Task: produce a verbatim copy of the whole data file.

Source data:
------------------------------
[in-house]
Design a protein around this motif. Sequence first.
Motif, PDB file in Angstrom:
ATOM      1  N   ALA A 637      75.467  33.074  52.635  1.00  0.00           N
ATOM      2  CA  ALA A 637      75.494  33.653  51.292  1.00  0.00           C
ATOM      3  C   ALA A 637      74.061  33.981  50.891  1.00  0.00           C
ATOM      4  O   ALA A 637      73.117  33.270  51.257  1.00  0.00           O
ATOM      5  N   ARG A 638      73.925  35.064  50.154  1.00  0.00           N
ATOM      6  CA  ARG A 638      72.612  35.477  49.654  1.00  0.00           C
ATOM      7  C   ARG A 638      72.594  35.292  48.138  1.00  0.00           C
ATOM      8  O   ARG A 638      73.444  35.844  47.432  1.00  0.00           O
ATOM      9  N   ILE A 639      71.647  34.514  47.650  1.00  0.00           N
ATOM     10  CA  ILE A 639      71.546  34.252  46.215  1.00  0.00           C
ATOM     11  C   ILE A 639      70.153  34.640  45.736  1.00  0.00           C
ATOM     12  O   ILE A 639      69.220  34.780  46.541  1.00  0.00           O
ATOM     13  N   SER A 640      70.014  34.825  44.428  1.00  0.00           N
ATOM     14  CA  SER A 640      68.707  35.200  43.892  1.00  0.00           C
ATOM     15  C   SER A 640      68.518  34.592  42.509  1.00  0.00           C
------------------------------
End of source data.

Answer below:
[in-house]
Design a protein around this motif. Sequence first.
Motif, PDB file in Angstrom:
ATOM      1  N   ALA A 637      75.467  33.074  52.635  1.00  0.00           N
ATOM      2  CA  ALA A 637      75.494  33.653  51.292  1.00  0.00           C
ATOM      3  C   ALA A 637      74.061  33.981  50.891  1.00  0.00           C
ATOM      4  O   ALA A 637      73.117  33.270  51.257  1.00  0.00           O
ATOM      5  N   ARG A 638      73.925  35.064  50.154  1.00  0.00           N
ATOM      6  CA  ARG A 638      72.612  35.477  49.654  1.00  0.00           C
ATOM      7  C   ARG A 638      72.594  35.292  48.138  1.00  0.00           C
ATOM      8  O   ARG A 638      73.444  35.844  47.432  1.00  0.00           O
ATOM      9  N   ILE A 639      71.647  34.514  47.650  1.00  0.00           N
ATOM     10  CA  ILE A 639      71.546  34.252  46.215  1.00  0.00           C
ATOM     11  C   ILE A 639      70.153  34.640  45.736  1.00  0.00           C
ATOM     12  O   ILE A 639      69.220  34.780  46.541  1.00  0.00           O
ATOM     13  N   SER A 640      70.014  34.825  44.428  1.00  0.00           N
ATOM     14  CA  SER A 640      68.707  35.200  43.892  1.00  0.00           C
ATOM     15  C   SER A 640      68.518  34.592  42.509  1.00  0.00           C